Don’t Get Paid in Shoes: Service Provider Transformation

It’s fall of 2012, and I am standing in one of the fanciest elevators I’ve ever been in (it looks like the Hall of Mirrors in Versailles). Today will be the biggest meeting of my life, where I will propose my omni-channel marketing campaign for one of the biggest luxury shoe designers in the world.

Once off the elevator, I meet with two creative directors. They lead me into a conference room that is stacked high with piles of shoes. We all sit down at a conference table. I explain my campaign idea of pop-up shops, content marketing, and print. This brand had been ignoring distribution in key areas in the western United States and consequently had a cult following of consumers willing to pay more for their shoes.

After 5 minutes of not taking a breath, I notice big grins on the creative directors faces. “This is great! Really innovative, I love it!”, says one of the directors, “But…we can’t work with you.” The other creative director then chimes in, “Yes we love what you did but we don’t trust working with a print service provider with a marketing campaign. However, you did such a great job why don’t you help yourself to a pair of shoes.” And this was the bulk of my experiences when I worked as a marketing specialist for a print service provider.

As shown by my experience, changing from a service provider to marketing or media provider is an uphill battle. It’s most likely why an industry survey published on What They Think showed that in 2015 only 31% of service providers offered digital services to clients. Despite the challenges of transforming a business, there are several important steps that a service provider can take to avoid being in the situation I was four years ago. These recommendations are as follows:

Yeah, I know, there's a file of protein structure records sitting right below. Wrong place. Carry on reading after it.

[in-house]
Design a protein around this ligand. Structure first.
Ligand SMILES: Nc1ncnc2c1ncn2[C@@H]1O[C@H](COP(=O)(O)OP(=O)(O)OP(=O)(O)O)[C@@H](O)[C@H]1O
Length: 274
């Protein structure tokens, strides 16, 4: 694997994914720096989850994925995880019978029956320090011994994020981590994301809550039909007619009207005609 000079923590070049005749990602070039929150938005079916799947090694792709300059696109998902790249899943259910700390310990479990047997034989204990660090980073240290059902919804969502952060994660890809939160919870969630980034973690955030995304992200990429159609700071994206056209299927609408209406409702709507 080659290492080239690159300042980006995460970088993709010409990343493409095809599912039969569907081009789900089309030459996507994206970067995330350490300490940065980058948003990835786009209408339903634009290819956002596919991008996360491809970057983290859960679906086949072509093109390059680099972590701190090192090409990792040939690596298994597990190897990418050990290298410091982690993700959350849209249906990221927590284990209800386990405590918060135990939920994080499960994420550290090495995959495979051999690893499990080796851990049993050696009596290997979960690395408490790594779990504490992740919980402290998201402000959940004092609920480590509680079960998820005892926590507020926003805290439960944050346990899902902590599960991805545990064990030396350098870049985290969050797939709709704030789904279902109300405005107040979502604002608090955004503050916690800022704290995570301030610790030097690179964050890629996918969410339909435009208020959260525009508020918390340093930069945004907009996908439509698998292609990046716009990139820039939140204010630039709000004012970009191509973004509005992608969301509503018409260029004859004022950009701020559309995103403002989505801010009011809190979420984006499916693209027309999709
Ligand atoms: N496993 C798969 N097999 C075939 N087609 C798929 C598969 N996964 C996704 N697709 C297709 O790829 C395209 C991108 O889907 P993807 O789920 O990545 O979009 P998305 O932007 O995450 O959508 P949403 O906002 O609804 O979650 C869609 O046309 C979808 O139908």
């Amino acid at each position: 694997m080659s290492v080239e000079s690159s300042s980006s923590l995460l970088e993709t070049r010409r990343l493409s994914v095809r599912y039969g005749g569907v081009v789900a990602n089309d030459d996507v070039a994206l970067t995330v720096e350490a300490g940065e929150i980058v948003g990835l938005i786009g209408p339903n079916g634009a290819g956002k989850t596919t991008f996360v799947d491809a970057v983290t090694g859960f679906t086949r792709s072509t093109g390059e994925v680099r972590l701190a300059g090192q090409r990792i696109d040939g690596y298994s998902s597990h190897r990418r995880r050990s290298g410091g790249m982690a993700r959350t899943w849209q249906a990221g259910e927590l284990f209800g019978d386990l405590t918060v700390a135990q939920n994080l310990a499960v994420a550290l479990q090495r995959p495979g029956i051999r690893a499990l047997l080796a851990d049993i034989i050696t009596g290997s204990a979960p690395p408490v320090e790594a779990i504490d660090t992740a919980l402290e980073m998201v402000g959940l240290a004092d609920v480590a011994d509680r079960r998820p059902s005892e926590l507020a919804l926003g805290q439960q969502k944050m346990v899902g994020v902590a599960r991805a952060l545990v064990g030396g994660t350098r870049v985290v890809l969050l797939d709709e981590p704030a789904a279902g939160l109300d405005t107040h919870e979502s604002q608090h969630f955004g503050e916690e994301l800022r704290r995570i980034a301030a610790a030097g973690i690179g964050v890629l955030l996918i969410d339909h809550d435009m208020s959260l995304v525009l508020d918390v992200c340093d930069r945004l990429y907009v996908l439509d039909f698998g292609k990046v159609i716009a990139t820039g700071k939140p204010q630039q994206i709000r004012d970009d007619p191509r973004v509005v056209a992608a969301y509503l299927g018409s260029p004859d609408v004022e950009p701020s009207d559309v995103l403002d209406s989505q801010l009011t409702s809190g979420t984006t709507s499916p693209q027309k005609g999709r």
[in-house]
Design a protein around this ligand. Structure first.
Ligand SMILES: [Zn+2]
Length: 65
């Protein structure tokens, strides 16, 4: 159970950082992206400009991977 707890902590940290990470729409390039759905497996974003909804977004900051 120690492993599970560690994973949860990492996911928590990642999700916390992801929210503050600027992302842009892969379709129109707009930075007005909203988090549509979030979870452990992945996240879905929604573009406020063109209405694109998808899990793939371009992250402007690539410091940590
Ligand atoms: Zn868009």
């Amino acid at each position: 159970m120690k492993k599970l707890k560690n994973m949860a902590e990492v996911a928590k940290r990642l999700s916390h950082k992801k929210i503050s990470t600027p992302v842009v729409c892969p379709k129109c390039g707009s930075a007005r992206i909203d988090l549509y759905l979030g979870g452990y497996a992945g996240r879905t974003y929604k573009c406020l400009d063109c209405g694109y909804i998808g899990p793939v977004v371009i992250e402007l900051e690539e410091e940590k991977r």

1. Internal buy-in: In my years as an analyst the most successful marketing service providers I saw were those that had the internal buy-in of the company. Employees from production to sales understood that making this transformation was critical to the business. Many times to gain internal momentum, special training courses or education was offered on the benefits of marketing services to the business. Those that did acquire an agency didn’t keep those workers separate either, they made great efforts to integrate new employees into the company culture.
  2. Use the print advantage: One big mistake I experienced was the service provider trying to make a prospect forget they ever did print. However, the way I see it, print is a huge advantage especially when dealing with CCM based communications. At GMC Software we estimate 80% of paper based CCM content is also found in web and mobile –so using the angle that you already know/are compliant with this content is a huge plus. By using tools such as GMC Inspire Designer, you can also easily use the same file for not just print but email, web, and mobile.
  3. Sales enablement: This recommendation is the hardest, especially since you are asking people who have sold the same way for 30 years to change. However, sales are the key to success. Make sure that sales know and understand the benefits of selling marketing or digital services. It’s important to reinforce to sales that print isn’t going to disappear but has just become another channel on the customer journey.

The transformation of a business is not completed overnight but is critical to continuing survival.

After all being paid in shoes is OK for a twenty-something out of college but not for the longevity of an established business.

photo source: The role of iconography in the creation of Dior’s iconic image


Originally published at www.gmc.net.